Rating Scale Design Among Ethiopian Entrepreneurs: A Split-Ballot Experiment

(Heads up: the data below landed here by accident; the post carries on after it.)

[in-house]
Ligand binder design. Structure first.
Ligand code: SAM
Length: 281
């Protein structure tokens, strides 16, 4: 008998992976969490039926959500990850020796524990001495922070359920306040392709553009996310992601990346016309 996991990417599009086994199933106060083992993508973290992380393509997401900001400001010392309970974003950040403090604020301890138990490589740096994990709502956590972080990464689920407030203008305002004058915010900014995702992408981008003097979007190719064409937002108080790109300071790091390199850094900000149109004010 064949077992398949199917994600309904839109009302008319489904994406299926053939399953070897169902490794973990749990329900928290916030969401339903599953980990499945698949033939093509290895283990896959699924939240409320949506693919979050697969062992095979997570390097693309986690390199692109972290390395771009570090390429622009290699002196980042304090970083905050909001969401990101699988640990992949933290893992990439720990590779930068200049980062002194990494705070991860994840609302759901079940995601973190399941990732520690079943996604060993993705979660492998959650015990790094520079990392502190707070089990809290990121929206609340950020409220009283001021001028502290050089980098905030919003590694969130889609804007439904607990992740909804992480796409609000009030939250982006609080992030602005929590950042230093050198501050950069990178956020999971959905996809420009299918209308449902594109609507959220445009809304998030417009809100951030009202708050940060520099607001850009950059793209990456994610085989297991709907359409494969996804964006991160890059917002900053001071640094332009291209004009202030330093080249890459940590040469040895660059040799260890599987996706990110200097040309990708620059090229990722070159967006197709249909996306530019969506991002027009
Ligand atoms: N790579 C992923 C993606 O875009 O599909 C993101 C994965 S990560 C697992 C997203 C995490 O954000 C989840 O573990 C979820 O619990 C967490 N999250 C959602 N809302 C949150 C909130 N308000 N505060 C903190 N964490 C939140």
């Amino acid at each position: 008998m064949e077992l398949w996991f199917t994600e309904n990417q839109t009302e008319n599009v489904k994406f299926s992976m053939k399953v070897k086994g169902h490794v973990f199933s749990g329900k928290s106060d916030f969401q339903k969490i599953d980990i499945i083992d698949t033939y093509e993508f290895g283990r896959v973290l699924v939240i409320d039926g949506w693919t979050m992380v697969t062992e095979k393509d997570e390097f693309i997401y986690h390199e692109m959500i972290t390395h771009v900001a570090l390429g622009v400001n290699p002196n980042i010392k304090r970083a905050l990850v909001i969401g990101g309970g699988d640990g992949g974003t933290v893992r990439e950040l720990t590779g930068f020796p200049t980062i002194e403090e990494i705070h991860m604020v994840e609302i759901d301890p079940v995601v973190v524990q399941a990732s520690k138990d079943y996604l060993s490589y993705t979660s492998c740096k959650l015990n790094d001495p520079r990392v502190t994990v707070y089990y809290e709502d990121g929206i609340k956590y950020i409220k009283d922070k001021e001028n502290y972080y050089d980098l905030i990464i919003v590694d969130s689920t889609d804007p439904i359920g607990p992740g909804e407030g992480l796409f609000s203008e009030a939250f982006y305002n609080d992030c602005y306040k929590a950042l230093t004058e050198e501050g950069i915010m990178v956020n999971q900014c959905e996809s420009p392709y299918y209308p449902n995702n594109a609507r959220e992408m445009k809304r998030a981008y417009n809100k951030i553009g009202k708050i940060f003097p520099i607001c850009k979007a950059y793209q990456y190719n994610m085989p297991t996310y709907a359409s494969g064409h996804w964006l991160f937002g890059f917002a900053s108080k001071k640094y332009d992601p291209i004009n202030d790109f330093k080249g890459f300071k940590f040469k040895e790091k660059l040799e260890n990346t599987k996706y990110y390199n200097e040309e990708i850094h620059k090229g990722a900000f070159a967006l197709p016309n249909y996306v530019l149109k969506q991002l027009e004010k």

Rating Scale Design Among Ethiopian Entrepreneurs: A Split-Ballot Experiment Attitudes are particularly sensitive to how they are measured. Question wording, order, and response options affect how respondents understand and answer questions, influencing survey statistics (Krosnick & Fabrigar, 1997; Schwarz, 2008). Many attitudinal questions ask respondents to indicate how much they agree or disagree with various statements, although some research has critiqued this approach (Saris, Revilla, Krosnick, & Shaeffer, 2010). A host of studies have investigated different ways of designing agree/disagree rating scales. Research has investigated the number of categories (Alwin & Krosnick, 1991; Menold & Kemper, 2015; Preston & Colman, 2000; Revilla, Saris, & Krosnick, 2014), whether to include a “neutral” or midpoint option (Kroh, 2007), labeling scale points with words versus numbers (Weijters, Cabooter, & Schillewaert, 2010), and including a “no opinion” option. Other research has explored two-part “branching” questions, in which the first question assesses the attitude direction and a second question assesses attitude strength (Gilbert, 2015; Malhotra, Krosnick, & Thomas, 2009). There are cultural differences in how people interpret and answer rating scale questions (Hamamura, Heine, & Paulhus, 2007; Johnson, Kulsea, Cho, & Shavitt, 2005; Smith, Mohler, Harkness, & Onodera, 2005; Tobi & Kampen, 2011; Van Vaerenbergh & Thomas, 2012). Most of this cross-cultural research focuses on high- or middle-income countries in Europe, the United States, East Asia, and Latin America (Revilla & Ochoa, 2015). There is less research about rating scales in low-income countries, even though some scholars have suggested that rating scales might pose particular problems for these populations (Bernal, Wooley, & Schensul, 1997; Flaskerud, 2012). For example, Flaskerud (1988) reported that many people from Central America and Vietnam had difficulty understanding the task of answering a rating scale question, and would say “yes” or “no” instead. Agans, Deeb-Sossa, and Kalsbeek (2006) found that Mexican women had difficulty distinguishing between different categories on rating scales. Given the growth of large, ongoing attitudinal surveys in developing countries (e.g., Afrobarometer, Pew Global Attitudes Project, the World Values Survey), there is a surprising lack of research on rating scale design, particularly using experimental methods. There are several reasons why individuals from developing countries may face challenges in comprehending rating scale questions and mapping their true attitude onto the agree/disagree response options. First, lower levels of education and literacy may inhibit individual’s ability or effort to make fine-grained distinctions between categories. But even among more highly educated people, agree/disagree scales may create challenges. For example, because survey research is less common in developing countries, people are less familiar with the agree/disagree scales, which are so common in developed countries. Further, in some cultures, it is more common to assess attitudes through storytelling rather than from direct questions (Flaskerud, 2012). And finally, linguistic issues arise as well: it is difficult to translate phrases such as “somewhat agree” into some non-Western languages. In recognition of these challenges, Flaskerud (2012) advocates the use of alternative strategies to measure attitudes, such as dichotomous items or anchoring vignettes (Hopkins & King, 2010). However, both of these strategies have drawbacks: dichotomous items cannot convey variability, and anchoring vignettes require substantial effort to design and administer. Many surveys continue to use agree/disagree rating scales in developing countries, despite a lack of evidence about the optimal design for these questions. Three main types of agree/disagree scales are typically used in developing country surveys, each with potential strengths and weaknesses. The first type is numeric scales that have verbal labels at the end points only. On the one hand, numeric scales minimize issues with linguistic constructions and translations. Numeric scales also make it easier for respondents to remember response options (1–5) in a face-to-face survey. On the other hand, it may be strange to associate an attitude with a number, and respondents may face difficulty distinguishing between the different options (Flaskerud, 2012). Second, verbal scales include descriptions for each response option. This scale has the advantage of clarifying the meaning of each response option and using a more natural approach using words. However, the verbal scale may introduce ambiguity owing to difficulty in translating concepts such as “somewhat.” Third, branched scales seek to simplify the cognitive process by splitting attitude questions into two parts. The first question assesses the direction of the attitude and the second question assess attitude strength. Although branched scales reduce complexity, they may also take longer to administer and are repetitive (Gilbert, 2015). There is little evidence about which of these scales produces the most valid data. To address this gap in the literature, I designed a split-ballot questionnaire experiment in Ethiopia to shed light on best practices for designing agree/disagree questions in a low-income country. The experiment was embedded in a paper-and-pencil interview (PAPI) of 608 urban Ethiopian entrepreneurs that included attitude questions about their competitive orientation, commitment to running their business, and trust in suppliers. Respondents were randomly assigned to receive one of three rating scales (numeric, verbal, or branched) throughout the interview. I evaluate the impact of the rating scale on three outcomes: (1) univariate distributions of attitude variables; (2) respondent and interviewer perceptions about the survey; and (3) two measures of validity. Because the survey is based on a sample of urban entrepreneurs, the results of this survey experiment are limited to this specific population. I triangulate the results of the survey experiment with qualitative data from 20 semi-structured, in-depth interviews that were conducted during the formative stages of this research. Methods Data I embedded a split-ballot experiment in the Kal Addis Business Survey, an in-person survey of entrepreneurs in the Ethiopian capital of Addis Ababa, Ethiopia. Conducted in June and July of 2012, the survey was designed to improve knowledge about how small and medium-sized businesses operate in Ethiopia. During the survey design process, local interviewers conducted 20 semi-structured, in-depth interviews with entrepreneurs from Addis Ababa. Interviewers presented participants with verbal, numeric, and branched scales (in random order) and used both scripted and spontaneous probes to understand participants’ reactions to the scales. The audio-recorded interviews were transcribed and translated verbatim into English. Following the qualitative study, trained interviewers administered the PAPI quantitative survey in the Amharic language to a sample of 608 owners or managers of small and medium businesses (between 3 and 99 employees) in Addis Ababa, Ethiopia. The average interview time was 29 min (SD = 9 min). The study used respondent-driven sampling (RDS) methods to generate the sample because a high-quality sampling frame of entrepreneurs does not exist in Ethiopia. RDS is a method of chain referral sampling that combines a snowball sample with a mathematical model to adjust for biases in network sampling (Heckathorn, 1997; Heckathorn, 2002). RDS was designed for sampling “hidden” populations that are difficult to enumerate and lack a sampling frame (e.g., intravenous drug users, men who have sex with men). Evaluations of RDS suggest that it can approximate probability samples when applied to a highly networked population (McCreesh et al., 2012). Initially, the study recruited a sample of 24 entrepreneurs to participate in the survey. These respondents were then asked to recruit up to three members of their networks to participate. All respondents were provided with a leather wallet as a token of appreciation for completing the survey. Each wave of recruits was also asked to recruit up to three other individuals. Recruitment proceeded until the target sample size (600) was exceeded. As an incentive to recruit others, individuals were offered mobile-phone airtime minutes for each individual they recruited to the survey. More details about the sampling methodology and representativeness are published in the article by Lau and Bobashev (2015). Because this article’s focus is the internal validity of the rating scale experiment, I do not apply RDS weights in the article. The sample was 76% male and 24% female. The average age of the sample was 31.2 (SD = 6.9) years. Fifteen percent did not complete secondary school, 34% completed secondary school, 31% had vocational or completed college training, and 20% had higher than college training. Although this represents a mix of educational levels, the sample is significantly more educated than the general population of Ethiopia (Central Statistical Agency [Ethiopia] & ICF International, 2012). Most of the respondents were owners of a small or medium business (82%) rather than managers. Rating Scales The instrument included 38 agree/disagree questions that measured attitudes toward operating a business (see Appendix for English question wording). At the beginning of the interview, each respondent was randomly assigned to one of three questionnaire versions. Each version used a different agree/disagree rating scale. All scales used five response categories, and respondents were assigned to the same rating scale for the entire interview. The random assignment was not consistently correlated with any characteristics of respondents and businesses (tables available upon request). The numeric scale presented only verbal labels at the end points. The interviewer asked respondents to rate each item on a scale from 1 to 5, where 1 was “completely disagree” and 5 was “completely agree.” The possible responses were 1, 2, 3, 4, and 5. The verbal scale had full verbal labels with response options: “Completely disagree,” “Somewhat disagree,” “Neutral,” “Somewhat agree,” and “Completely agree.” The branched scale first assessed direction and then assessed strength. Interviewers first asked (in Amharic), “Do you agree, disagree, or are you neutral?” For respondents who endorsed “agree” or “disagree,” interviewers asked whether respondents “completely” agreed/disagreed or whether they “somewhat” agreed/disagreed. I recoded the two questions from the branched scales into a single variable with five categories. Analysis The analysis proceeds in four stages. In the first stage, I explore how rating scale design affects univariate distributions of attitude questions. This stage is based on a stacked “person-item” data set in which each respondent’s answer to a scale question contributes one row of data: the data set has 22,997 observations (608 respondents answering 38 items, excluding 107 items with missing data). Using this data set, I conduct a cross-tabulation of response distributions by scale type (verbal, branched, numeric) to examine how scale type influences response distributions. When conducting statistical tests, I adjusted standard errors for the fact that respondents answered multiple items. The second stage seeks to determine which rating scale produces the most accurate data using tests of criterion validity similar to Malhotra, Krosnick, and Thomas (2009). This approach involves estimating associations between a criterion variable and an attitude variable, where attitudes are measured using different types of rating scales. If the association between the criterion and attitude variables is the same, regardless of scale design, there is no evidence that one scale is more valid than another. On the other hand, if the association is stronger when a particular scale is used over another, there is evidence that the first scale produces more valid data. I conduct two tests of validity. In the first test, I estimate the association between competitive orientation of the business owner (target attitude) and a dichotomous measure of whether the business made a profit in the 12 months prior to the survey. The impact of an entrepreneur’s psychological orientation on business performance is the subject of a large literature (Lumpkin & Dress, 1996; Swierczek & Ha, 2003). Orientation toward competitors in particular emerged as a key theme in formative research in Addis Ababa. The greater the competitive orientation, the more likely a business is to make a profit. In this study, competitive orientation is an index created from three items (see Appendix). Exploratory factor analysis showed these items loaded on one factor (eigenvalue 1.65). The composite reliability (Raykov, 1997; Schweizer, 2011) of the index is .61 but varies by scale type (verbal = .77; numeric = .61; branched = .51). I estimate a logistic regression of profit on competitive orientation, separately by scale type. Although factors other than competitive orientation influence profit, my interest is in comparing how the association differs by scale type (Malhotra, Krosnick, & Thomas, 2009). Next, I estimate the association between the entrepreneur’s affective trust in his or her main supplier (the target attitude) and the length of time that the entrepreneur has used the supplier (less than 1 year, 1–3 years, more than 3 years; see Appendix for question wording). In the entrepreneurship literature, trust between businesses is a widely used concept to explain deal-making processes and business outcomes (Welter & Smallbone, 2006). Trust also evolves over time (Scarbrough, Swan, Amaeshi, & Briggs, 2013; Smith & Lohrke, 2008), so the more the entrepreneur trusts the supplier, the longer the entrepreneur is to use the supplier. Or conversely, the longer the entrepreneur has used the supplier, the more trust will be developed. In this study, trust is an index created from three items that loaded on one factor during exploratory factor analysis (eigenvalue 2.46). Composite reliability was high (.89) and was similar across scale types (verbal = .91; numeric = .89; branched = .88). I estimate ordinary least squares (OLS) regressions of trust on length of time and then compare the associations. In the third stage, I explore interviewer and respondent perceptions. The survey asked direct questions about the rating scales to both interviewers and respondents, as well as more general questions about the interview experience. Exact question wording is shown in the Appendix. This stage of the analysis presents cross-tabulations between rating scale design and the perceptions of interviewers and respondents. In the fourth stage of the analysis, two researchers analyzed qualitative data from the semi-structured, in-depth interviews. Researchers conducted an inductive content analysis to identify key themes. Results Response Distributions by Scale Type Table 1 shows the distribution of responses to attitude items, by scale type. There is a statistically significant association between scale type and responses to scale questions (p < .01). The largest difference is in the midpoint category, endorsed by 12% in the numeric scale, 6% in the verbal scale, and 3% in the branched scale (p < .01). In contrast, “somewhat agree” and “completely agree” were selected more often in the branched (67%) and verbal scale (66%) compared with a “4” or “5” in the numeric scale (60%) (p < .01). Supplementary analyses showed that the effects of scale type on univariate distributions were similar regardless of question content or respondent characteristics. Table 1 Distribution of Responses to Attitude Questions, by Scale Type (Percentages) Numeric scale  Verbal scale  Branched scale  Entire sample  (1) Completely disagree  20  Completely disagree  20  Completely disagree  21  20  (2)  8  Somewhat disagree  8  Somewhat disagree  9  8  (3)  12  Neutral  6  Neutral  3  7  (4)  13  Somewhat agree  16  Somewhat agree  16  15  (5) Completely agree  47  Completely agree  50  Completely agree  51  49  Numeric scale  Verbal scale  Branched scale  Entire sample  (1) Completely disagree  20  Completely disagree  20  Completely disagree  21  20  (2)  8  Somewhat disagree  8  Somewhat disagree  9  8  (3)  12  Neutral  6  Neutral  3  7  (4)  13  Somewhat agree  16  Somewhat agree  16  15  (5) Completely agree  47  Completely agree  50  Completely agree  51  49  Note: Pooled sample of 22,997 scale questions reported by 608 respondents. All statistical tests are adjusted for the clustering of items within respondents. See text for description of scale types and Appendix for exact question wording. Table 1 Distribution of Responses to Attitude Questions, by Scale Type (Percentages) Numeric scale  Verbal scale  Branched scale  Entire sample  (1) Completely disagree  20  Completely disagree  20  Completely disagree  21  20  (2)  8  Somewhat disagree  8  Somewhat disagree  9  8  (3)  12  Neutral  6  Neutral  3  7  (4)  13  Somewhat agree  16  Somewhat agree  16  15  (5) Completely agree  47  Completely agree  50  Completely agree  51  49  Numeric scale  Verbal scale  Branched scale  Entire sample  (1) Completely disagree  20  Completely disagree  20  Completely disagree  21  20  (2)  8  Somewhat disagree  8  Somewhat disagree  9  8  (3)  12  Neutral  6  Neutral  3  7  (4)  13  Somewhat agree  16  Somewhat agree  16  15  (5) Completely agree  47  Completely agree  50  Completely agree  51  49  Note: Pooled sample of 22,997 scale questions reported by 608 respondents. All statistical tests are adjusted for the clustering of items within respondents. See text for description of scale types and Appendix for exact question wording. There are several possible explanations for these patterns. On the one hand, the verbal and branched scales may encourage acquiescence (the tendency to agree regardless of the question content; Krosnick, 1991) because of repeated mention of the word “agree.” Respondents may also seek to avoid endorsing “neutral” in these scales. Indeed, during the qualitative interviews, several participants interpreted “neutral” as not having an opinion, a category that they wished to avoid. On the other hand, respondents in the numeric scale condition may have been drawn to the midpoint “3” category. This could be owing to a preference to select an average response or because respondents have difficulty answering the question and choose “3” as a satisficing response. The results in Table 1 cannot show which scale type produces the most accurate data; I investigate this issue in the next section. Validity This stage of the analysis investigates the validity of each rating scale design, using two tests of criterion validity. Table 2 shows associations between competitive orientation and profit, separately by scale type. Competitive orientation was associated with profit for the verbal and branched scales, but not for the numeric scales. In other words, the theoretically expected association was observed when attitudes were measured using verbal and branched conditions (p < .01), but not when attitudes were measured using numeric scales. These results suggest that verbal and branched scales produce more valid data than numeric scales. Table 2 Validity Test: Logistic Regression of Profit (Yes/No) on Competitive Orientation, Stratified by Scale Type Variable  Numeric  Verbal  Branched    Odds ratio  z  Odds ratio  z  Odds ratio  z  Competitive orientation  1.36  1.90  1.83**  3.90  1.89**  3.60  Intercept  2.46*  5.54  2.72**  5.92  2.04**  4.54  N  188  196  198  Variable  Numeric  Verbal  Branched    Odds ratio  z  Odds ratio  z  Odds ratio  z  Competitive orientation  1.36  1.90  1.83**  3.90  1.89**  3.60  Intercept  2.46*  5.54  2.72**  5.92  2.04**  4.54  N  188  196  198  Note. * p < .05; **p < .01. Table 2 Validity Test: Logistic Regression of Profit (Yes/No) on Competitive Orientation, Stratified by Scale Type Variable  Numeric  Verbal  Branched    Odds ratio  z  Odds ratio  z  Odds ratio  z  Competitive orientation  1.36  1.90  1.83**  3.90  1.89**  3.60  Intercept  2.46*  5.54  2.72**  5.92  2.04**  4.54  N  188  196  198  Variable  Numeric  Verbal  Branched    Odds ratio  z  Odds ratio  z  Odds ratio  z  Competitive orientation  1.36  1.90  1.83**  3.90  1.89**  3.60  Intercept  2.46*  5.54  2.72**  5.92  2.04**  4.54  N  188  196  198  Note. * p < .05; **p < .01. Numeric scales also performed poorly in the second test of validity. Table 3 shows associations between supplier trust and number of years with supplier. As theoretically expected, there is greater trust among entrepreneurs who had worked with suppliers for longer amounts of time, but only in the verbal and branched conditions. These associations are statistically significant at p < .05, but there is no significant association in the numeric scale. Table 3 Validity Test: OLS Regression of Trust in Supplier and Length of Time With Supplier, Stratified by Scale Type Variable  Numeric  Verbal  Branched    β  t  β  t  β  t  Length of time with main supplier (reference = less than 1 year)      1–3 years  .041  .21  .360  1.83  .446*  2.39      3 or more years  .029  .14  .541**  2.94  .295  1.57  Intercept  −.071  −.44  −.326*  −2.16  −.226  −1.47  n  193  186  194  Variable  Numeric  Verbal  Branched    β  t  β  t  β  t  Length of time with main supplier (reference = less than 1 year)      1–3 years  .041  .21  .360  1.83  .446*  2.39      3 or more years  .029  .14  .541**  2.94  .295  1.57  Intercept  −.071  −.44  −.326*  −2.16  −.226  −1.47  n  193  186  194  Note. *p < .05; **p < .01. Table 3 Validity Test: OLS Regression of Trust in Supplier and Length of Time With Supplier, Stratified by Scale Type Variable  Numeric  Verbal  Branched    β  t  β  t  β  t  Length of time with main supplier (reference = less than 1 year)      1–3 years  .041  .21  .360  1.83  .446*  2.39      3 or more years  .029  .14  .541**  2.94  .295  1.57  Intercept  −.071  −.44  −.326*  −2.16  −.226  −1.47  n  193  186  194  Variable  Numeric  Verbal  Branched    β  t  β  t  β  t  Length of time with main supplier (reference = less than 1 year)      1–3 years  .041  .21  .360  1.83  .446*  2.39      3 or more years  .029  .14  .541**  2.94  .295  1.57  Intercept  −.071  −.44  −.326*  −2.16  −.226  −1.47  n  193  186  194  Note. *p < .05; **p < .01. These results are based on models stratified by scale type. I also pooled the data and included interaction terms between scale type and the criterion variable. These models showed similar results as the stratified model. For the competitive orientation model, the interaction terms were significant at p = .028. For the supplier trust model, the interaction term for the verbal scale had a p = .057. These terms show that for both tests, the strength of the association between predictor and criterion is stronger for verbal scales than for numeric scales. Interviewer and Respondent Perceptions If verbal and branched scales produce more valid data, do interviewers and respondents also have more favorable perceptions of these scales? The results suggest not. Respondents had similar attitudes about the survey experience, regardless of scale type. Interviewers rated respondents as equally cooperative (χ2(6) = 0.7; p = .99) and interested (χ2(6) = 2.2; p = .92) in the three experimental conditions. When interviewers were asked directly about the respondent’s ease of answering scale questions, there were few differences by scale type. See full results in Table A1. Qualitative Interviews Results from qualitative research corroborate conclusions from the quantitative analysis. Participants universally preferred verbal or branched scales to numeric scales. Participants reported considerable uncertainty about the meaning of the 2, 3, or 4 options in the numeric scale. One participant (ID 11), for example, mentioned “the [numeric scale] lacks clearness … the [verbal scale] has words which I can easily pick, and those words are words that express what I feel.” When probed about their interpretation of the middle categories, participants ascribed widely different meanings to the middle categories, and several participants offered inconsistent meanings even within the same interview. The apparent low reliability expressed in these qualitative interviews is consistent with the quantitative data showing lower reliability and validity for numeric scales. In addition, some expressed cognitive discomfort with using numbers to represent attitudes. One participant (ID 2) noted, “It takes time to understand what the numbers 2, 3, and 4 mean. It is somewhat difficult. You have to work it out like homework.” Another participant (ID 1) said “expressing answers in terms of figures is confusing. Hence, it will be good if an explanation is given for each number.” These interviews suggest that respondents in the survey experiment may have selected the midpoint category as a satisficing strategy to cope with the cognitive burden and ambiguity about the meaning of the midpoint categories. When asked to compare verbal and branched scales, participants expressed varied reactions, with a slight preference for verbal scales. One participant (ID 5) said, “The [descriptive scale] gives you more options. As a result, it helps you think more about the response you give.” Another participant (ID 10) mentioned the verbal scale “enabled me to freely communicate my feelings … the response options were not restricted.” These results suggest that to some participants at least, descriptive scales may facilitate the response process. Discussion This experiment demonstrates that the design of agree/disagree rating scales affects attitude measurement for a sample of Ethiopian urban entrepreneurs. When presented with a numeric scale, respondents were especially likely to select the midpoint value (12%) compared with verbal (6%) or branched (3%) scales, and less likely to select the higher end of the scale. In two tests of validity, numeric scales demonstrated lower validity compared with verbal and branched scales. There were fewer differences between verbal and branched scales. Although interviewers and respondents had similar perceptions of all three scale types, numeric scales produced significantly worse data quality compared with verbal and branched scales. Several limitations of this study suggest the need for additional research on rating scale design. The results cannot be generalized beyond the relatively educated sample of entrepreneurs in Addis Ababa. The results may be different for a general population sample. For example, interview participants expressed frustration with numeric scales because of their ambiguity and perceived difficulty. A less educated, general population sample may be less equipped for these cognitive burdens, potentially making numeric scales even more problematic. Future research is needed to test whether the conclusions of this research also apply to other populations in Ethiopia or other less developed countries. Relatedly, these findings only apply to a particular topic, attitudes about running a business in Ethiopia. Future research is needed to determine the optimal rating scale design for other topics, particularly sensitive ones. In addition, the reliability for the competitive orientation index is lower than ideal. Although this may be owing to the experimental treatment (i.e., some scale designs produce worse data quality), additional research is needed using scales with high reliability. In sum, numeric scales performed poorly relative to verbal and branched scales in both the survey experiment and qualitative interviews. Verbal and branched scales performed similarly, though slightly more qualitative interview participants preferred the verbal scales. These findings suggest that numeric scales should be avoided in favor of verbal and branched scales, at least for this population of entrepreneurs in Ethiopia. Charles Q. Lau, PhD, MS, is a Survey Methodologist in RTI International’s Survey Research Division. Dr. Lau conducts research on survey methodology in low- and middle-income countries, focusing on modes of data collection, interviewer effects, and sampling. APPENDIX Question Wording: Profit and Length of Time Using Supplier Profit. Respondents were asked “In the last fiscal year, did your business make money, lose money, or break even?” Those who said “make money” were classified as being profitable. Table A1 Association Between Scale Type and Perceptions of Interview (Percentages)   Verbal labels  Numeric labels  Branched  Pearson χ2 test  Respondent perceptions  Did you think the questions were hard to understand?      Yes  5  5  3  χ2(2) = 1.2; p = .56      No  95  95  97    Did you have difficulty coming up with your answers?      Yes  7  5  7  χ2(2) = 1.1 p = .58      No  93  95  93    Did you think the survey was too long?      Yes  13  10  12  χ2(2) = 0.67; p = .72      No  87  90  88    Interviewer perceptions  Cooperativeness              Very cooperative  76  77  76  χ2(6) = 0.7; p = .99      Moderately cooperative  21  21  21        Somewhat cooperative  2  1  1        Not at all cooperative  <1  <1  1    Interest      Very interested  73  74  74  χ2(6) = 2.2; p = .92      Moderately interested  24  24  22        Somewhat or not at all interested  2  2  3        Not at all interested  <1  <1  1    Ease of answering scale questions      Very easy  68  68  67  χ2(6) = 3.0; p = .81      Somewhat easy  22  24  24        Neutral  8  8  8        Somewhat or very difficult  1  <1  1      Verbal labels  Numeric labels  Branched  Pearson χ2 test  Respondent perceptions  Did you think the questions were hard to understand?      Yes  5  5  3  χ2(2) = 1.2; p = .56      No  95  95  97    Did you have difficulty coming up with your answers?      Yes  7  5  7  χ2(2) = 1.1 p = .58      No  93  95  93    Did you think the survey was too long?      Yes  13  10  12  χ2(2) = 0.67; p = .72      No  87  90  88    Interviewer perceptions  Cooperativeness              Very cooperative  76  77  76  χ2(6) = 0.7; p = .99      Moderately cooperative  21  21  21        Somewhat cooperative  2  1  1        Not at all cooperative  <1  <1  1    Interest      Very interested  73  74  74  χ2(6) = 2.2; p = .92      Moderately interested  24  24  22        Somewhat or not at all interested  2  2  3        Not at all interested  <1  <1  1    Ease of answering scale questions      Very easy  68  68  67  χ2(6) = 3.0; p = .81      Somewhat easy  22  24  24        Neutral  8  8  8        Somewhat or very difficult  1  <1  1    Note: Percentages may not sum to 100% owing to rounding. Table A1 Association Between Scale Type and Perceptions of Interview (Percentages)   Verbal labels  Numeric labels  Branched  Pearson χ2 test  Respondent perceptions  Did you think the questions were hard to understand?      Yes  5  5  3  χ2(2) = 1.2; p = .56      No  95  95  97    Did you have difficulty coming up with your answers?      Yes  7  5  7  χ2(2) = 1.1 p = .58      No  93  95  93    Did you think the survey was too long?      Yes  13  10  12  χ2(2) = 0.67; p = .72      No  87  90  88    Interviewer perceptions  Cooperativeness              Very cooperative  76  77  76  χ2(6) = 0.7; p = .99      Moderately cooperative  21  21  21        Somewhat cooperative  2  1  1        Not at all cooperative  <1  <1  1    Interest      Very interested  73  74  74  χ2(6) = 2.2; p = .92      Moderately interested  24  24  22        Somewhat or not at all interested  2  2  3        Not at all interested  <1  <1  1    Ease of answering scale questions      Very easy  68  68  67  χ2(6) = 3.0; p = .81      Somewhat easy  22  24  24        Neutral  8  8  8        Somewhat or very difficult  1  <1  1      Verbal labels  Numeric labels  Branched  Pearson χ2 test  Respondent perceptions  Did you think the questions were hard to understand?      Yes  5  5  3  χ2(2) = 1.2; p = .56      No  95  95  97    Did you have difficulty coming up with your answers?      Yes  7  5  7  χ2(2) = 1.1 p = .58      No  93  95  93    Did you think the survey was too long?      Yes  13  10  12  χ2(2) = 0.67; p = .72      No  87  90  88    Interviewer perceptions  Cooperativeness              Very cooperative  76  77  76  χ2(6) = 0.7; p = .99      Moderately cooperative  21  21  21        Somewhat cooperative  2  1  1        Not at all cooperative  <1  <1  1    Interest      Very interested  73  74  74  χ2(6) = 2.2; p = .92      Moderately interested  24  24  22        Somewhat or not at all interested  2  2  3        Not at all interested  <1  <1  1    Ease of answering scale questions      Very easy  68  68  67  χ2(6) = 3.0; p = .81      Somewhat easy  22  24  24        Neutral  8  8  8        Somewhat or very difficult  1  <1  1    Note: Percentages may not sum to 100% owing to rounding. Length of Time Using Supplier. Respondents were asked “How long have you used this supplier or broker?” Responses options were “3 months or less,” “More than 3 months to 6 months,” “More than 6 months to 12 months,” “1 to 3 years,” and “More than 3 years.” These responses were recoded into the following categories: less than 1 year; 1-3 years, and more than 3 years. Question Wording: Attitude Questions Below, I present question wording for the 38 attitude questions included in the analysis. The exact wording of the attitude items is presented below. Competitive Orientation (starred items are used in index) * “You think about your competitors when developing products or services” * “You know a lot about your competitors’ products or services” * “You know how your competitors set their prices” “You are aware of your competitors’ plans for the future” Affective Trust in Main Supplier “If you shared your problems with your supplier or broker, he or she would help you” “You can freely share your ideas, feelings, and hopes with your supplier or broker” “You can freely talk to your supplier or broker and you know he or she would want to listen” Cognitive Trust in Main Supplier “Your supplier or broker approaches their job with dedication” “You see no reason to doubt your supplier’s or broker’s competence” “You can rely on your supplier or broker to make your job easy” Supplier Market “If your supplier or broker does not perform as you expect, you can find another one” “Your suppliers or brokers have many competitors” “Suppliers or brokers that don't treat their customers well eventually go out of business” “The law limits the suppliers or brokers you can buy from” “Using the same supplier or broker many times brings the price of supplies down” Ease of Working With Main Supplier “You always receive receipts when you buy supplies” “If the supplies are defective or bad quality, it is easy to return them” “It is easy to transport supplies back to your workspace” “You are satisfied with the quality of supplies” “You are satisfied with the price of supplies” Skilled Labor “It is easy to find workers with the right skills” “Family or friends are good ways of finding skilled workers” “You can afford to hire skilled workers” “Your skilled workers have many job opportunities outside of your business” Technology “Updated equipment or technology is too expensive for your business” “Your workers have the skills to operate updated equipment or technology” “You know a lot about updated equipment or technology” “It is easy to repair updated equipment or technology” “Buying updated equipment or technology would make your business more money” Entrepreneurial Orientation “In the past 12 months, you have made few changes to your products or services” “You often introduce products or services before your competitors” “In general, you like to take big risks with chances of very high return” Commitment “You would be very happy (unhappy) to spend the rest of your career running this business” “You are willing (not willing) to do whatever it takes to make your business a success” “You have other choices than running your business (little choice but to run your business)” “Right now, running your business is (not) a matter of necessity” “You feel (do not feel) an obligation to remain with your business” “You would feel (not feel) guilty if you sold your business or stopped running it” Interviewer Perceptions Exact question wording for the interviewer perception questions was the following: How easy or difficult do you think it was for the respondent to answer the scale questions (agree/disagree)? (SELECT ONE.) Very easy Somewhat easy Neutral Somewhat difficult Very difficult How interested was the respondent during the interview? (SELECT ONE.) Very interested Moderately interested Somewhat interested Not at all interested Respondent Perceptions At the conclusion of the survey, respondents were asked several questions about their experience. These questions were as follows: Did you think the questions were hard to understand? Did you have difficulty coming up with your answers? Did you think the survey was too long? These questions used yes/no response options (rather than scales) to avoid confounding the results of the rating scale experiment with these perception data. References Alwin D. F., Krosnick J. A. ( 1991). The reliability of survey attitude measurement. Sociological Methods and Research , 20, 139– 181. doi: 10.1177/0049124191020001005 Google Scholar CrossRef Search ADS   Agans R. P., Deeb-Sossa N., Kalsbeek W. D. ( 2006). 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Entrepreneurship: Theory and Practice , 30, 465– 475. doi: 10.1111/j.1540-6520.2006.00130.x Google Scholar CrossRef Search ADS   © The Author 2016. Published by Oxford University Press on behalf of The World Association for Public Opinion Research. All rights reserved. This article is published and distributed under the terms of the Oxford University Press, Standard Journals Publication Model (https://academic.oup.com/journals/pages/about_us/legal/notices) http://www.deepdyve.com/assets/images/DeepDyve-Logo-lg.png International Journal of Public Opinion Research Oxford University Press